Releasing this week, Children of Silentown was developed by Elf Games and Luna2 Studio and is coming to all major systems. Here’s our review of this brand new adventure game.
Children of Silentown marks the return of publisher Daedalic to adventure games, a genre they were kind of known for about a decade ago. With the Deponia series, The Whispered World and Silence they had a couple of well-received titles, but after State of Mind in 2018 a few legal/financial issues caused the publisher to change hands and refocus their portfolio. Their lineup has been diverse these past two years, so it’s nice to see them return to a genre they had success with in the past.
And while Children of Silentown is clearly reminiscent of classic adventure games in its formula, there are a few refreshing aspects to it, starting with its overall look and feel. Clearly inspired by the dark fairytale-like visuals of Tim Burton’s work, the game embraces the weird and shadowy side of storytelling. The narrative is set inside a village that borders a mysterious and foreboding forest, which is said to house monsters that cause people to disappear. Because of this, people aren’t allowed outside after dark, and have to keep the noises they make down to a bare minimum during the day.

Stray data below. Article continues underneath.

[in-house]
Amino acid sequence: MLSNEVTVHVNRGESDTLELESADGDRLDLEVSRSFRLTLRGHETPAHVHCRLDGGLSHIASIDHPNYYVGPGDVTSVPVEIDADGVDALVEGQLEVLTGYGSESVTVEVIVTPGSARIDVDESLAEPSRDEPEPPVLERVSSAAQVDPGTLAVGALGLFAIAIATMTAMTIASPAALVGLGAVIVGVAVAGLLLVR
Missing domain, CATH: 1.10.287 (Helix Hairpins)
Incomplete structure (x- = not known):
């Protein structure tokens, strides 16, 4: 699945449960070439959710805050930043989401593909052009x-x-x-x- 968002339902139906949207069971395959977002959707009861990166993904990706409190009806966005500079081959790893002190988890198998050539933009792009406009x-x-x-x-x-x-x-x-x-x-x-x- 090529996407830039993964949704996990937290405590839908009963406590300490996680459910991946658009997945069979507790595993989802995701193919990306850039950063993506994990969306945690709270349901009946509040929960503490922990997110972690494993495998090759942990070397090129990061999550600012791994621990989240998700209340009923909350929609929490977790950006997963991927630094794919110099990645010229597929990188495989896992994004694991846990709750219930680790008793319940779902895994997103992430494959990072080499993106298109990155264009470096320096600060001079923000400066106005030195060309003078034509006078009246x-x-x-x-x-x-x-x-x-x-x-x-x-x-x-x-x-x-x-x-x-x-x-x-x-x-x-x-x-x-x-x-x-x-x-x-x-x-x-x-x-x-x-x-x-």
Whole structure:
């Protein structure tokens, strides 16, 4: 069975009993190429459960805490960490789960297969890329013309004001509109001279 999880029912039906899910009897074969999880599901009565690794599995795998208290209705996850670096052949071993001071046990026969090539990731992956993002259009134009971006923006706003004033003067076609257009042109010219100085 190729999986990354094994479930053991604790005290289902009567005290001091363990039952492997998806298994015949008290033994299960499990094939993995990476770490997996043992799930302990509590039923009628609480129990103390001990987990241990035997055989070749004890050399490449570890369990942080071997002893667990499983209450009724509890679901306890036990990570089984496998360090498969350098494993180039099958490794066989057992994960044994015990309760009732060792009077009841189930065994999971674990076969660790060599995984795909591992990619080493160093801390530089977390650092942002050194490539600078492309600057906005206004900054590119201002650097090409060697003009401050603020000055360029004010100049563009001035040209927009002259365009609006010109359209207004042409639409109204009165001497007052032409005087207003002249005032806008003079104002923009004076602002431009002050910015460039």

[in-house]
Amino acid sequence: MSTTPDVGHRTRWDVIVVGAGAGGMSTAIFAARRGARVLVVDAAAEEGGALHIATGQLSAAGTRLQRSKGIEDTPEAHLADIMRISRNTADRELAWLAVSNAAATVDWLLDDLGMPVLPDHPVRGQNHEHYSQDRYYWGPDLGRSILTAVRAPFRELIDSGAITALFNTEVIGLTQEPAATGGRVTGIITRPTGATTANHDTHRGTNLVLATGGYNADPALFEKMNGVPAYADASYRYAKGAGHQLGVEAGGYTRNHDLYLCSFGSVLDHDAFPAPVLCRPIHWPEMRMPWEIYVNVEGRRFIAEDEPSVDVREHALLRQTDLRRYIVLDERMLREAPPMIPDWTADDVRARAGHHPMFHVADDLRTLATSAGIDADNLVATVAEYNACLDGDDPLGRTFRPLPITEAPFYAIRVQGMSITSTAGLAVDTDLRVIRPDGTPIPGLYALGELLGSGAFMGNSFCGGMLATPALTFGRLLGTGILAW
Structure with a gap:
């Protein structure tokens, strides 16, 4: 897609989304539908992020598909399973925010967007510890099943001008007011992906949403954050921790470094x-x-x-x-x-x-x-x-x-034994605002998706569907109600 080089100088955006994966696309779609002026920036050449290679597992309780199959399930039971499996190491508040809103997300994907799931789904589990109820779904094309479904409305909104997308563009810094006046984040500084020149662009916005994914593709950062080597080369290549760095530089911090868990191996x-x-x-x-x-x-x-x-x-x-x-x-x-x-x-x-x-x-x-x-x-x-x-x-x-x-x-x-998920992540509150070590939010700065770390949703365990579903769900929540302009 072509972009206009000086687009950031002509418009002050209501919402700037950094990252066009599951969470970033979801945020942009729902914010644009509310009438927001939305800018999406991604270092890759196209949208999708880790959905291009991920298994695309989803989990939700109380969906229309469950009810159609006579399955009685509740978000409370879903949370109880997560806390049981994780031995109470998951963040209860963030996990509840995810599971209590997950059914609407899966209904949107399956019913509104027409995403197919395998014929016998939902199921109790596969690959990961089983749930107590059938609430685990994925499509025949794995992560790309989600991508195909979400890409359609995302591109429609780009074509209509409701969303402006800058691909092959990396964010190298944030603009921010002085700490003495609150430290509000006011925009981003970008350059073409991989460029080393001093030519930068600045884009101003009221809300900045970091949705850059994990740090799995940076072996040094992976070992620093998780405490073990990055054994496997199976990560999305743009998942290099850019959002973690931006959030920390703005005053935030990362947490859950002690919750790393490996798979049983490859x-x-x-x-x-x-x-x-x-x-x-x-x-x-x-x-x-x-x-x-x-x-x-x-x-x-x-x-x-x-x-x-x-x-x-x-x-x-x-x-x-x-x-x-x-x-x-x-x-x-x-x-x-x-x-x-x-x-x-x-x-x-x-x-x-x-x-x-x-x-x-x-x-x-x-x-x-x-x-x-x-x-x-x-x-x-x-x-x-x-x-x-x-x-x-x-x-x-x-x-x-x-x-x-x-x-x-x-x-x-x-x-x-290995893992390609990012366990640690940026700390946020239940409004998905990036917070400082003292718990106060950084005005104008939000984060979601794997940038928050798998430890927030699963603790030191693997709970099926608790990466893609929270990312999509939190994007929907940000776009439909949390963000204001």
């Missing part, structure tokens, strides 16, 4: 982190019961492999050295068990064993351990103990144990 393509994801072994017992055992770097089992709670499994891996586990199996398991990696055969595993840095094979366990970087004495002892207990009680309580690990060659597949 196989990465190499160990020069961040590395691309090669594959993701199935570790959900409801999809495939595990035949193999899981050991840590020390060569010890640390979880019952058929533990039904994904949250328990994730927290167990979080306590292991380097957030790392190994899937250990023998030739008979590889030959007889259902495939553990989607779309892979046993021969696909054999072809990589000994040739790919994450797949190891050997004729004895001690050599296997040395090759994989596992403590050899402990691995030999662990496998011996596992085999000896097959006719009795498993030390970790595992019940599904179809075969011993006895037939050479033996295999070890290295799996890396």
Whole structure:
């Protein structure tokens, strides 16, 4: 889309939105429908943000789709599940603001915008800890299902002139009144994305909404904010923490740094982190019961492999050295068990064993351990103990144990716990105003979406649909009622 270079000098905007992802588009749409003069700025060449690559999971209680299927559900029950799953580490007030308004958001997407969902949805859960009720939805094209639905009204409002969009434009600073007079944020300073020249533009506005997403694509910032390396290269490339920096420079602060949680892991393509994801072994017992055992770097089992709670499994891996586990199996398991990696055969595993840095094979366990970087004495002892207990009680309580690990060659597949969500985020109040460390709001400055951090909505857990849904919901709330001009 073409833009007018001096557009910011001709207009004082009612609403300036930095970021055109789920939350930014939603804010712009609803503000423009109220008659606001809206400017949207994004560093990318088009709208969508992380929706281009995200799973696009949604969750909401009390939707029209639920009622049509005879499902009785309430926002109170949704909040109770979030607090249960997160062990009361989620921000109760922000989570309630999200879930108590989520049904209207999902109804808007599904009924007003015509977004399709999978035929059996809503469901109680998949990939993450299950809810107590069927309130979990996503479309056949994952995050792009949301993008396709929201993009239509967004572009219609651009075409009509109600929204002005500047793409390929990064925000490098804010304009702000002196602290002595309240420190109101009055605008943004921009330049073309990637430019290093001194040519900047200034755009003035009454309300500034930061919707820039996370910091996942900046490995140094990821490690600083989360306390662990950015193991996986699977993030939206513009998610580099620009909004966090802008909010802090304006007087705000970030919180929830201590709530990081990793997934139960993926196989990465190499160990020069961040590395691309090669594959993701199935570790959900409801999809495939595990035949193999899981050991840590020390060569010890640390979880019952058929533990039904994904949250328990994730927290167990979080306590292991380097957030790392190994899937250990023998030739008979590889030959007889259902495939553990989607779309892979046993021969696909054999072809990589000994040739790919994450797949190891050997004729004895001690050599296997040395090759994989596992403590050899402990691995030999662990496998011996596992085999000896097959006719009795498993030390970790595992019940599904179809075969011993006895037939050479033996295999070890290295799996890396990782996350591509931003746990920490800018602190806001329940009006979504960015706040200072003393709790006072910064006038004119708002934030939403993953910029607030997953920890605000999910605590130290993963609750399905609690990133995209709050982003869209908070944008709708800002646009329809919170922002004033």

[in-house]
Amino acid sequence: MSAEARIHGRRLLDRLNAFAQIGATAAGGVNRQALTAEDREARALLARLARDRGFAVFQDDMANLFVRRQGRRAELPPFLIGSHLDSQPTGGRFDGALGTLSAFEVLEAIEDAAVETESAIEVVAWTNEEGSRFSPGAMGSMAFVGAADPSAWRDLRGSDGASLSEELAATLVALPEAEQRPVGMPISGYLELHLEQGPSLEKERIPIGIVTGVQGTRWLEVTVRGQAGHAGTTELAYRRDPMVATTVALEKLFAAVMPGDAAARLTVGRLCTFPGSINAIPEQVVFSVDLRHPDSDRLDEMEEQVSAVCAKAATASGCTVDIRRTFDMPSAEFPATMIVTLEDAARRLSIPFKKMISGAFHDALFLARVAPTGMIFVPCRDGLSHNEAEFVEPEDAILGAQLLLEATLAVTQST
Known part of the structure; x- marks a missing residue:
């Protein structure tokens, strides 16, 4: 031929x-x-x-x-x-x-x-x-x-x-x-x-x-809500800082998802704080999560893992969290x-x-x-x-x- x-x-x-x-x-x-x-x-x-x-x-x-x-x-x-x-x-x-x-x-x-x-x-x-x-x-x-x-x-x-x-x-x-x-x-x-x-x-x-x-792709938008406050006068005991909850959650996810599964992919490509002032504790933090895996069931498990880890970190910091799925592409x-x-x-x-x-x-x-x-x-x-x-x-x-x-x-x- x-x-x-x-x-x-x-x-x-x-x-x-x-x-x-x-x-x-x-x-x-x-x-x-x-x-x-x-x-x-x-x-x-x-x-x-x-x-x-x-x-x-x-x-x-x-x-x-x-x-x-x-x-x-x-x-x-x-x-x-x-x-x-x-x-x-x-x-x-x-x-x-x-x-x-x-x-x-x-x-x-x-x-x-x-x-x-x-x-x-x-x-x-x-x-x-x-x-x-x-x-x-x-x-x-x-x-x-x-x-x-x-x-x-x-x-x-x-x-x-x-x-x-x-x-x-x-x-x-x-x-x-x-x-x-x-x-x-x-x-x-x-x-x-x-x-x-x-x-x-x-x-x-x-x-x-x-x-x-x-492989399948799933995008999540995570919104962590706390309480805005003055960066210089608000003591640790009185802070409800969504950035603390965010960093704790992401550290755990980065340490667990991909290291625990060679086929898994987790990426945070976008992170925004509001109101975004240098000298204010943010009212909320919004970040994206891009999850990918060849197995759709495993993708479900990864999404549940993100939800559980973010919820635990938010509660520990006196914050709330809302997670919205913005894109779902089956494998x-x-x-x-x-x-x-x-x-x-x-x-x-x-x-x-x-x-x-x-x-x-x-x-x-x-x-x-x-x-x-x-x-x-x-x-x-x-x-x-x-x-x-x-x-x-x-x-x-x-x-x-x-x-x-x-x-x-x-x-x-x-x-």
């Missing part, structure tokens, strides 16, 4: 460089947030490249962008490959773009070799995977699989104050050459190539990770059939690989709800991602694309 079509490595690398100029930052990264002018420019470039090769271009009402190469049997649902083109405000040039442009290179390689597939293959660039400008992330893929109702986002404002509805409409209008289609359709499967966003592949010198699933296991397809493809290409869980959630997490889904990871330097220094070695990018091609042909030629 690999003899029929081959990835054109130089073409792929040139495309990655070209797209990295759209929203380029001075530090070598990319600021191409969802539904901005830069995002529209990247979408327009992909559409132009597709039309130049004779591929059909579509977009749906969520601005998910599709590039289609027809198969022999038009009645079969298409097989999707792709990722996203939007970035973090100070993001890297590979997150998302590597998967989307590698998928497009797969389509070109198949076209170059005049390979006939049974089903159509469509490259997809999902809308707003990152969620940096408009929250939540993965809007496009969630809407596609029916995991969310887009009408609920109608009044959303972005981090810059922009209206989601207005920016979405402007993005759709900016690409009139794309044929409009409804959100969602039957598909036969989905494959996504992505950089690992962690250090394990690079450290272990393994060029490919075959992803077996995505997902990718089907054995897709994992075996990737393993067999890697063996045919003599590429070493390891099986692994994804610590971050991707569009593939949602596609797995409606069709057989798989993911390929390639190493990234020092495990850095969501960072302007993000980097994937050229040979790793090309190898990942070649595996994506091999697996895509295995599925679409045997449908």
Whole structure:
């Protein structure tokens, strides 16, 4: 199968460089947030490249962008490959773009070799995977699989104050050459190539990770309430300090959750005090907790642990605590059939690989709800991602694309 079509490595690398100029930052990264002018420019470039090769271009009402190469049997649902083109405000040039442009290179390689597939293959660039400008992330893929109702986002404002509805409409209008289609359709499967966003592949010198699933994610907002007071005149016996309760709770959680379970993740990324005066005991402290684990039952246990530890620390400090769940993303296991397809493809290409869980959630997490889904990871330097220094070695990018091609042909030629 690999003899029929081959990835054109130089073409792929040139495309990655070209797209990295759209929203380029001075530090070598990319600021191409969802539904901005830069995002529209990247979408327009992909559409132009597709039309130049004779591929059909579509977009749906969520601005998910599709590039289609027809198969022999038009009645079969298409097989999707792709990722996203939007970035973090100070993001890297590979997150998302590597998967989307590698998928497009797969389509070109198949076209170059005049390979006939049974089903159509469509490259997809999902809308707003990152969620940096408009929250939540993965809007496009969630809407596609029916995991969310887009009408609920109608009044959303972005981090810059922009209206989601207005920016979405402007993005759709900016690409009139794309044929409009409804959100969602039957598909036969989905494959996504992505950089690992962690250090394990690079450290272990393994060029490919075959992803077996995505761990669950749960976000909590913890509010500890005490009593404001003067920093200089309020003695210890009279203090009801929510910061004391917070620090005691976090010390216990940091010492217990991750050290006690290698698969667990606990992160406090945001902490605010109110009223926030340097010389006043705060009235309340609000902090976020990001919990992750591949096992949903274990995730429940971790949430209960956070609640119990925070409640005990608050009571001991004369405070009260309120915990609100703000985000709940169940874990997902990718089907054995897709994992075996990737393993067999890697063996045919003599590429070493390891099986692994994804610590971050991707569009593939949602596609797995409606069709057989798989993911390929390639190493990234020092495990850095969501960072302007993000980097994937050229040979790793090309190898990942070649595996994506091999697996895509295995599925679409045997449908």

Easier said than done for protagonist Lucy, who loves singing. People, including her own father, aren’t too fond of that fact, which ultimately prompts Lucy to head out and do a bit of investigating. A mystery ensues, but with a gloomy atmosphere surrounding it – characters have blank expressions with strange white circles for eyes, and the music fits that mood as well. It’s certainly striking, and doesn’t go back to the classic pixel art look and feel we see in other adventure games.
Gameplay-wise you’ll notice familiar elements though, like the ability to pick up and combine stuff to overcome puzzles – sometimes of the obtuse kind, as per the tradition. Quite a few puzzles also involve Lucy’s singing voice though, which is a novel touch – you’ll gradually learn songs that, as if by magic, help you pass obstacles or progress the story. This ties into logic puzzles, which do a nice job of mixing up the puzzle gameplay beyond the usual inventory-based kind even though you’ll probably end up wishing there were more puzzle variations here.
Children of Silentown has a narrative that runs for about 10 hours, which is a decent length for an adventure game, with a intriguing premise and art style doing more than enough to keep you engaged for its entire runtime. With a few exceptions there aren’t too many adventure games that embrace the darker side of things, so this is a nice exception with a look and feel that creates an impact.